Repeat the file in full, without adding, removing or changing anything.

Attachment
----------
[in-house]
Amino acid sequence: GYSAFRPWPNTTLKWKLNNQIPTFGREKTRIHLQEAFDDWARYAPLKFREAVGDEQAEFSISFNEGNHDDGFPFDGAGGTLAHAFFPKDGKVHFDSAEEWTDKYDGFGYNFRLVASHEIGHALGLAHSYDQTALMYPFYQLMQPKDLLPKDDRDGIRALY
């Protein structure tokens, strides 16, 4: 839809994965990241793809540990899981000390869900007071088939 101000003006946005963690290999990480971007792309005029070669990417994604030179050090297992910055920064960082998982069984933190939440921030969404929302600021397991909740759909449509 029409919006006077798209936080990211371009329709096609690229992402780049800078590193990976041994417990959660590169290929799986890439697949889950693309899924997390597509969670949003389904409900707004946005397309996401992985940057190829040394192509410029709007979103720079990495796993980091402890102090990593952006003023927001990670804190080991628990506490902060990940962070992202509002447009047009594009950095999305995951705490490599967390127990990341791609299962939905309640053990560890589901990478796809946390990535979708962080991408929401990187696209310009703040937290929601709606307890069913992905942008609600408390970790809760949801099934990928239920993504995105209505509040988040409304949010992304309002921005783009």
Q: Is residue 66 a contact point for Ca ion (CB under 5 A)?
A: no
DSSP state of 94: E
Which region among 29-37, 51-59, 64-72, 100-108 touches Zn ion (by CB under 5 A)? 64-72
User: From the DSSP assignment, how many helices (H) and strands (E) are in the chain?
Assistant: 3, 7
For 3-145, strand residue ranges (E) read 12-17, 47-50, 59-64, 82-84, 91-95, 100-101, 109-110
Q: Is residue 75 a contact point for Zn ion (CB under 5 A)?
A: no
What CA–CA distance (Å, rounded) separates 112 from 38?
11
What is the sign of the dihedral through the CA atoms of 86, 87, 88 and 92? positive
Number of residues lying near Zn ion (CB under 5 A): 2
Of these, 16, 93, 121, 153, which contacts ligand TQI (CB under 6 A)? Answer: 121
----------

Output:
[in-house]
Amino acid sequence: GYSAFRPWPNTTLKWKLNNQIPTFGREKTRIHLQEAFDDWARYAPLKFREAVGDEQAEFSISFNEGNHDDGFPFDGAGGTLAHAFFPKDGKVHFDSAEEWTDKYDGFGYNFRLVASHEIGHALGLAHSYDQTALMYPFYQLMQPKDLLPKDDRDGIRALY
């Protein structure tokens, strides 16, 4: 839809994965990241793809540990899981000390869900007071088939 101000003006946005963690290999990480971007792309005029070669990417994604030179050090297992910055920064960082998982069984933190939440921030969404929302600021397991909740759909449509 029409919006006077798209936080990211371009329709096609690229992402780049800078590193990976041994417990959660590169290929799986890439697949889950693309899924997390597509969670949003389904409900707004946005397309996401992985940057190829040394192509410029709007979103720079990495796993980091402890102090990593952006003023927001990670804190080991628990506490902060990940962070992202509002447009047009594009950095999305995951705490490599967390127990990341791609299962939905309640053990560890589901990478796809946390990535979708962080991408929401990187696209310009703040937290929601709606307890069913992905942008609600408390970790809760949801099934990928239920993504995105209505509040988040409304949010992304309002921005783009």
Q: Is residue 66 a contact point for Ca ion (CB under 5 A)?
A: no
DSSP state of 94: E
Which region among 29-37, 51-59, 64-72, 100-108 touches Zn ion (by CB under 5 A)? 64-72
User: From the DSSP assignment, how many helices (H) and strands (E) are in the chain?
Assistant: 3, 7
For 3-145, strand residue ranges (E) read 12-17, 47-50, 59-64, 82-84, 91-95, 100-101, 109-110
Q: Is residue 75 a contact point for Zn ion (CB under 5 A)?
A: no
What CA–CA distance (Å, rounded) separates 112 from 38?
11
What is the sign of the dihedral through the CA atoms of 86, 87, 88 and 92? positive
Number of residues lying near Zn ion (CB under 5 A): 2
Of these, 16, 93, 121, 153, which contacts ligand TQI (CB under 6 A)? Answer: 121